Neil Young’s Film Lounge – Danger : Diabolik!
DANGER : DIABOLIK!
aka Diabolik aka Danger : Diabolik
Garishly mixing Batman (filmed in 1966) and Barbarella (1968), Bavas comic-strip adaptation provides a fair amount of daft, decadent fun before running out of steam around the hour mark. Barbarella co-star John Phillip Law cuts a wooden figure with or without his mask as Diabolik (pronounced dyer-bollick), a stylish criminal mastermind tormenting the government of an unspecified, generic European country. Aided by the suitably glamorous Eva (Marisa Mell), Diabolik pulls off a series of wildly audacious raids culminating in an explosive assault on the nations tax institutions. Prodded by his increasingly-embarrassed minister-of-the-interior boss (Terry-Thomas), veteran cop Inspector Ginko (Michel Piccoli, dubbed) enlists the aid of gangland bigwigs in his fight against Diabolik, and eventually tracks down the uber-thief to his opulent underground lair…
Given that Bava is renowned for his extravagant use of colour, its unfortunate that this review is based on the screening of an abbreviated, black-and-white print*. Even so, on this unsatisfactory evidence Diabolik doesnt seem to have dated especially well. Scriptwriters Bava and Adriano Baracco cobble together spectacular and extravagant antics into a somewhat laborious plot that lumbering alternates between the stuffy, old-fashioned forces of law and order, and the strikingly futuristic world of their seemingly unstoppable foe. While Terry-Thomas splutters and fumes in suit and tie, Law and Mell get to strut around in a series of cutting-edge outfits in a subterranean pad that’s filled with ultra-modern design and architecture.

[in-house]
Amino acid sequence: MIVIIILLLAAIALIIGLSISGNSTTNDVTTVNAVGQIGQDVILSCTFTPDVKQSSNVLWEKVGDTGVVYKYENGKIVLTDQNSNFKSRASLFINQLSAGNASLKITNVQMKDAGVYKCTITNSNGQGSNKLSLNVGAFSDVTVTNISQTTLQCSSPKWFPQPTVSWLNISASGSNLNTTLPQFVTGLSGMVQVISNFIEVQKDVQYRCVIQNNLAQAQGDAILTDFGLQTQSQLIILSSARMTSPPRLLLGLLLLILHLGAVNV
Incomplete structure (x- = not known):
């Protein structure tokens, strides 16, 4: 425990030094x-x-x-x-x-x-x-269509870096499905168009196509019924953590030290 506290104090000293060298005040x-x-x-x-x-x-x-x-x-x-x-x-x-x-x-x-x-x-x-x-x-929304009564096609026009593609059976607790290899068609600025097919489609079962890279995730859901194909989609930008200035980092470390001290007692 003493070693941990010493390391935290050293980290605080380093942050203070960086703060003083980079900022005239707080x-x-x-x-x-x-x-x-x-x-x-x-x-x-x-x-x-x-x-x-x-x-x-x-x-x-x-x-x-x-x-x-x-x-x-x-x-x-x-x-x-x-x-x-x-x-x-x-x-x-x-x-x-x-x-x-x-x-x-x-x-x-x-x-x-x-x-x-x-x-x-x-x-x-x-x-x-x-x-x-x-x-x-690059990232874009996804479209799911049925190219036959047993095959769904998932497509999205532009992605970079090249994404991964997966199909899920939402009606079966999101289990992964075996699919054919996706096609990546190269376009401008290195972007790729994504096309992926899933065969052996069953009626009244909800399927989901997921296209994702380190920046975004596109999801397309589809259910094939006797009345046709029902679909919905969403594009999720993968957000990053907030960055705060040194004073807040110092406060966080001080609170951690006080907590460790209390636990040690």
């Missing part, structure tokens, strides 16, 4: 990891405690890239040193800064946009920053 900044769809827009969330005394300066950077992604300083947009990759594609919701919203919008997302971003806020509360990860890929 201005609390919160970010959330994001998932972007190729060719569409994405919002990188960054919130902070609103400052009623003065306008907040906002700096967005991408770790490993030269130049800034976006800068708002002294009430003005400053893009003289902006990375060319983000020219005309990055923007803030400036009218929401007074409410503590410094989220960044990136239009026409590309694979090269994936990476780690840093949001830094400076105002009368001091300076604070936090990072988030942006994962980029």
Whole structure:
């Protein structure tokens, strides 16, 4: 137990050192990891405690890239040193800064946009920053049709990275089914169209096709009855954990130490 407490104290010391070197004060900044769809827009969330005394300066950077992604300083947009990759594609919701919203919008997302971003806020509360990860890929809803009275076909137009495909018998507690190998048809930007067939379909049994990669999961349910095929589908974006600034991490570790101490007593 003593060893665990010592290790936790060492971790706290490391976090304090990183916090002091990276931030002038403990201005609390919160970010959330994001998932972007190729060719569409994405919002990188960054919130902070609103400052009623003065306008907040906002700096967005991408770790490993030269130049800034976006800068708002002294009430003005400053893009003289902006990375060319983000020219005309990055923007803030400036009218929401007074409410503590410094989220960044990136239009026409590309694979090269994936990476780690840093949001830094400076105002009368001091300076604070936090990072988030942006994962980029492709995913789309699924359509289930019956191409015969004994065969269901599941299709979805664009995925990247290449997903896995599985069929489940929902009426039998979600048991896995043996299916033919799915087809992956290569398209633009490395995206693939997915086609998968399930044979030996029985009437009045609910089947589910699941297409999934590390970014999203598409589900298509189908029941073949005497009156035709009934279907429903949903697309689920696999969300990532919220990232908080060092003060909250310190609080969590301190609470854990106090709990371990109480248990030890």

Its tempting to take this a step further, and interpret Diabolik in terms of 1960s Italian politics: our hero is a swashbuckling, opportunistic individualist, staging attacks on the manifestations of decent society. Hes the criminal as agent of iconoclastic (and anarchic?) social upheaval, railing against the staid morals of the post-war generation. But he goes too far the climax sees him engulfed by molten gold, and transformed into a living statue. While Bava coyly implies that he will escape to fight another day, at fade-out Diabolik stands as a symbol of the rampant capitalist imprisoned by the trappings of his own vulgarity.
But while Diabolik isnt without its intriguing subtexts, the film doesn’t hang together especially well as entertainment. Bava makes no attempt to hide Law and Mells acting limitations (both really are just a pretty face), this being presumably intended to be all part of the stylised, ironic fun. But a little of this kind of knowingly cheesy campery (this laser gun melts everything except you, honey!) goes rather a long way. The film is too silly for adults, but clearly not intended for children: this much is made clear by Ennio Morricones way-out, prog-synthy score – which is, nevertheless, the most consistently entertaining and impressive aspect of the whole overcooked affair.
28th February, 2004
(*82-minute black-and-white version seen CineSide, Newcastle-upon-Tyne, 22nd February)
by Neil Young